“If we’re able to find a way in,” Ivy said, pointing at a bottle-green door in a brick building half a block down the street, “I don’t see why not. After all, it’s just sitting there, empty, day after day. It’s not as though we’d be pilfering anything or leaving a mess behind. Knowing you, you’d leave the place tidier than you found it.”
“Yes, but I’m not sure that’s the point.”
Ivy rolled her eyes. “Good night, Sophie. I’ll see you next week.” The young seamstress sauntered down the alley, shaking her head with good-natured regret—as though she should have known better than to think Sophie Kendall had a daring bone in her body.
And something inside Sophie snapped. She called out, “You know, Ivy, I believe I shall consider the old tailor’s shop as an option.”
“I’m glad to hear it,” Ivy replied in a kindly if vaguely disbelieving tone. “Be careful as you make your way home.”
Home? Dash it all, Sophie wasn’t going home. She was off to have herself a peek at the tailor’s shop—and, if it proved suitable, the future meeting place of the Debutante Underground.
Before she could lose her nerve, she marched down the dark, dank alley, lifting her skirts to avoid a few lily-pad-sized puddles that shone in the moonlight. As she approached the green door, she glanced up and down the narrow lane, confirming no one was about. Ivy had already turned the corner, leaving Sophie alone, if one discounted the mice skittering in and out of the drainpipe behind her.
The chipped paint on the door revealed that it had once been a lighter color—gray, perhaps. A small, faded metal plate nailed to the brick on one side read “B. D. Peabody, Tailor.” Mullioned windows covered the top half of the door, but the panes were smudged with grime and dust, preventing her from seeing inside.
Vexed, she rifled through her reticule, pulled out her handkerchief, and vigorously rubbed at the center pane—gasping as the door swung open.
Gads. She hadn’t imagined it would be unlocked, much less unlatched. The faint scents of leather and cigars wafted through the door opening, but the interior was cloaked in shadows, still and quiet.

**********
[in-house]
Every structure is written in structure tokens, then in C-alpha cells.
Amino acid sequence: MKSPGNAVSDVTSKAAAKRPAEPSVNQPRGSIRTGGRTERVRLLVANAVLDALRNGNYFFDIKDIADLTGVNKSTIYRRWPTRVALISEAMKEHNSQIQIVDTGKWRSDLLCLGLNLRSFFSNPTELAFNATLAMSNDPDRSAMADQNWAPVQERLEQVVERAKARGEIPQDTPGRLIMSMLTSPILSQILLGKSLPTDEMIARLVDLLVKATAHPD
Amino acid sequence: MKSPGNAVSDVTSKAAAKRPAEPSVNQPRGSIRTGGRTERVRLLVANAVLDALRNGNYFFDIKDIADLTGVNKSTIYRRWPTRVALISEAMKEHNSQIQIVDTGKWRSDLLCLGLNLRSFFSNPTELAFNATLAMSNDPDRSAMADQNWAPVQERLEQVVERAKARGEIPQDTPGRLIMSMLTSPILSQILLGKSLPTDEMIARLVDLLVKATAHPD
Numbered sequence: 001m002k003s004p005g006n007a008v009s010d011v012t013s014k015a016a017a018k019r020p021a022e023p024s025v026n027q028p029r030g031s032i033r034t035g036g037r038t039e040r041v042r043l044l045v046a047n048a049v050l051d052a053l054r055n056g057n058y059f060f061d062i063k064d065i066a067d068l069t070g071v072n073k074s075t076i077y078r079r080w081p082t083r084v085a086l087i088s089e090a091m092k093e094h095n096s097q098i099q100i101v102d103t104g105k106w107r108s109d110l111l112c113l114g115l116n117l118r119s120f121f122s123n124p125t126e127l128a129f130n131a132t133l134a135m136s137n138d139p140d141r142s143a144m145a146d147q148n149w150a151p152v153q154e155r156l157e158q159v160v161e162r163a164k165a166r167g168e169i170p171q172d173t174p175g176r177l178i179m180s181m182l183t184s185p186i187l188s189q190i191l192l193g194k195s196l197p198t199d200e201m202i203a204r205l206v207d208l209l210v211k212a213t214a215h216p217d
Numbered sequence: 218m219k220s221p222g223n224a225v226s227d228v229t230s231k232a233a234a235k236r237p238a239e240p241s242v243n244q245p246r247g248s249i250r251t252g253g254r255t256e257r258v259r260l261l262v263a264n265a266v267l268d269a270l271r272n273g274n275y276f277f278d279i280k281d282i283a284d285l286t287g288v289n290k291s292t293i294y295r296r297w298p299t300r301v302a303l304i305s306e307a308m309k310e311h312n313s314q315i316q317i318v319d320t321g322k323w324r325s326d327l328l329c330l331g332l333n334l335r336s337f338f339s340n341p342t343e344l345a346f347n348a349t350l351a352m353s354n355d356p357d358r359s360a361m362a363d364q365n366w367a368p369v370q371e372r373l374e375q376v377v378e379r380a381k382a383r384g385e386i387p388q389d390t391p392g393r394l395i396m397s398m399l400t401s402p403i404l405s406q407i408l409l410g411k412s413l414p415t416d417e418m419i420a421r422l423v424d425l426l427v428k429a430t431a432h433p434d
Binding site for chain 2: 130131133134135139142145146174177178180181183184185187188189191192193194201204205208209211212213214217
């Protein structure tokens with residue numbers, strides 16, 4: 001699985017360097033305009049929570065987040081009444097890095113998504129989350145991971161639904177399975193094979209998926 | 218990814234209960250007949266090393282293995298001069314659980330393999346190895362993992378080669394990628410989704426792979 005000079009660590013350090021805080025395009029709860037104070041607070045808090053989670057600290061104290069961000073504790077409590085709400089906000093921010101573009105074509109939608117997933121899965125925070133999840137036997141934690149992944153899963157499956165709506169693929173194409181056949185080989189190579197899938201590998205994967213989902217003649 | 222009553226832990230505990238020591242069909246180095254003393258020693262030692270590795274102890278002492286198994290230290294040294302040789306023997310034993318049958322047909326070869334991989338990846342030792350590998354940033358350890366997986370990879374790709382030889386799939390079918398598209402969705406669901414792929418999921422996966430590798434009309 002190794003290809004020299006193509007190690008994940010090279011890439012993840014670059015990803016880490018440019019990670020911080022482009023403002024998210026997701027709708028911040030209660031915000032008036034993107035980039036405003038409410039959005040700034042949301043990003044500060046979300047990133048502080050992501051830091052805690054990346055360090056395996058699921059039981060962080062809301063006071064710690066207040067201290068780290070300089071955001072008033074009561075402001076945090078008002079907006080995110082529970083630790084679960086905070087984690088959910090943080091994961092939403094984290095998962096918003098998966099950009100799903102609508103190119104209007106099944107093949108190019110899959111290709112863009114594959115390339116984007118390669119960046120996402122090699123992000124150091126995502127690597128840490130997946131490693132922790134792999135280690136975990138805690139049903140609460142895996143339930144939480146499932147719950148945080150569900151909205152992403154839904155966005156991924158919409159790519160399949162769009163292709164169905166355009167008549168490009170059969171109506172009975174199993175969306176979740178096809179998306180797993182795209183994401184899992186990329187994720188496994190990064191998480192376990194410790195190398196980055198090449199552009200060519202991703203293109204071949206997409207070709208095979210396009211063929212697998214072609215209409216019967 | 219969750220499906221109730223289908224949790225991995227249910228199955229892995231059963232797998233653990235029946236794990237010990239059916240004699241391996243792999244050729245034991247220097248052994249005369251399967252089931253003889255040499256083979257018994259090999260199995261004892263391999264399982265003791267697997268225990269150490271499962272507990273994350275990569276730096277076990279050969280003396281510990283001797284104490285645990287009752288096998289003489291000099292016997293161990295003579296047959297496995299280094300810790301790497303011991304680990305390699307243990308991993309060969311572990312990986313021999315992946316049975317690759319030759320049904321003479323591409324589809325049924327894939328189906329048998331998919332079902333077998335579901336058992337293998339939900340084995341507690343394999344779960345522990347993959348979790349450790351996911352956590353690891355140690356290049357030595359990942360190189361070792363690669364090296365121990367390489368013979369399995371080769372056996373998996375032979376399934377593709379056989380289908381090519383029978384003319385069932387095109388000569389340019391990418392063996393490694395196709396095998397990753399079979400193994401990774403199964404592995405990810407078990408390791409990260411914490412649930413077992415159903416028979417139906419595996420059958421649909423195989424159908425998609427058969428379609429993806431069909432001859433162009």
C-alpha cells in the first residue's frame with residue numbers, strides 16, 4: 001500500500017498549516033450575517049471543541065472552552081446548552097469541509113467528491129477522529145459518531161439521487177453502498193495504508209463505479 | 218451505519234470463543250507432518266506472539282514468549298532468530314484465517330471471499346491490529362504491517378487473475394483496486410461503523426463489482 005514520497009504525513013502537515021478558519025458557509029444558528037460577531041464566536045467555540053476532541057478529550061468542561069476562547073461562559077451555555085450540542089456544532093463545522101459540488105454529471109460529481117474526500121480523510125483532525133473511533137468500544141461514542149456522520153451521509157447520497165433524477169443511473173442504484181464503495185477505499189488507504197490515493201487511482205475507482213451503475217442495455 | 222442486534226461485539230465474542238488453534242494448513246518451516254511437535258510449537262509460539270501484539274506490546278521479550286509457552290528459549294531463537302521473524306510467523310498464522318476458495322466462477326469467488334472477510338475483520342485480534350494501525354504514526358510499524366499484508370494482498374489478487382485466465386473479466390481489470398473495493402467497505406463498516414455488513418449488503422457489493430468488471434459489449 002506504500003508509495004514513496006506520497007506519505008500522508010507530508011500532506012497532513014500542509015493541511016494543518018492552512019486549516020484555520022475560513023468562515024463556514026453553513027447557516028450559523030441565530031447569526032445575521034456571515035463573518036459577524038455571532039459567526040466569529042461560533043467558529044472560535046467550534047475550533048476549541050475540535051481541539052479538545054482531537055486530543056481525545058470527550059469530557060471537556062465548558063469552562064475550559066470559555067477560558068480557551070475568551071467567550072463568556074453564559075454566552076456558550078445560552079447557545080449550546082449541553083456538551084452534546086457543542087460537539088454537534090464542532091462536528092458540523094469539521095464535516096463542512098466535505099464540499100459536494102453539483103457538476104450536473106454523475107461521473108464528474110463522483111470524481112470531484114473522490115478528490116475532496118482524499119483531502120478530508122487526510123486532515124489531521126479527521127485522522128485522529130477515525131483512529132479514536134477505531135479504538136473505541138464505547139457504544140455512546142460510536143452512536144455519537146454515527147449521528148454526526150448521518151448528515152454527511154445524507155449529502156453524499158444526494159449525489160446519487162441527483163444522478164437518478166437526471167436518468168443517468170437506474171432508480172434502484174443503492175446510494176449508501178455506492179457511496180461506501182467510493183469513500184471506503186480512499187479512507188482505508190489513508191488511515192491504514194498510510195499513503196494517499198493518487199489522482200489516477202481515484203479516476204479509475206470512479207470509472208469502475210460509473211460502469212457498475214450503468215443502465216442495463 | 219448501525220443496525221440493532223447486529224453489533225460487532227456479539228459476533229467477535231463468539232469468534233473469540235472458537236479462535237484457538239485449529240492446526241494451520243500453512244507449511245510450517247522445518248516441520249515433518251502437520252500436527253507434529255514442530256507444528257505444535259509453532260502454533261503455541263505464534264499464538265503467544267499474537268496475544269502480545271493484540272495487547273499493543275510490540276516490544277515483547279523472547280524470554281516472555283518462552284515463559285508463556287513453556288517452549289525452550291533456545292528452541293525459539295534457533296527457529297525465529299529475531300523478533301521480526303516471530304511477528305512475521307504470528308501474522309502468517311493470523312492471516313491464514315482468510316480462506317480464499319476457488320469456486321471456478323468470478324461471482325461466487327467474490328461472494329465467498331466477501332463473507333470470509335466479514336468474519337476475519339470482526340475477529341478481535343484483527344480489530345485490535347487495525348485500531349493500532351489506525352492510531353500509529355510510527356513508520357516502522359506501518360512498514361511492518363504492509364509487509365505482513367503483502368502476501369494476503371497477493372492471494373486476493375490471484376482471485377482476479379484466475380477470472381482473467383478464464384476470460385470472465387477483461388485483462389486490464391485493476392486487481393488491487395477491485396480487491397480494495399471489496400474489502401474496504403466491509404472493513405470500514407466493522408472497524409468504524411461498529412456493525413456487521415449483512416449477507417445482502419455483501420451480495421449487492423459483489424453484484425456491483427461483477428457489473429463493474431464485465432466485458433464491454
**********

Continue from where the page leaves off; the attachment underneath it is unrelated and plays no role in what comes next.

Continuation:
She placed her hand on the doorknob and hesitated. She hadn’t planned on breaking and entering into a vacant building this evening, but now that she was there, one foot already over the threshold, why shouldn’t she scout out the location? It would certainly save her the trouble of a return trip during the week, and she could only concoct so many excuses for leaving the house before Mama became suspicious.
One quick glance around the inside would tell her if the building was a viable meeting place. Half of her hoped it was filled with trash and rat dung, so she’d be able to close the door firmly behind her and walk away. Only one way to find out.
She pushed the door open and took a tentative step inside. “Hullo?” she called, praying no response was forthcoming. If anyone did reply, she intended to dash outside and be two blocks away before they could reach the door. “Is anyone here?”
Emboldened by the continued silence, she took two more steps inside and paused, giving her eyes time to adjust to the inky darkness. She could make out a few large shapes in the center of the room—furniture, most likely—and a long counter along the far wall.
Already she could see the potential here—room for at least fifty women, an easily accessible back entrance, and even some seating. She’d need to inspect it during the day to be sure, but—
The air at her back moved unexpectedly, sending a chill over her skin. The courage she’d felt moments ago drained through her slippers. Deciding she’d had more than enough adventure for one night, she gulped and took a step backward. She reached behind her, feeling for the wall or the doorjamb, but as she did, the swath of moonlight that had painted the floor a pale yellow shrunk to a thin ribbon before being swallowed up by darkness.
The door slammed shut with a bang that made her heart buck like a spooked foal. She leaped halfway to the ceiling and let out a cry before she managed to find her voice. “Who’s there?” she asked, wishing she sounded more assured and in command. Less terrified to the point of casting up her accounts.
“If you don’t mind,” came the exceedingly dry, hauntingly deep, eminently masculine voice, “I’ll ask the questions here.”
Copyright © 2020 by Anna Bennett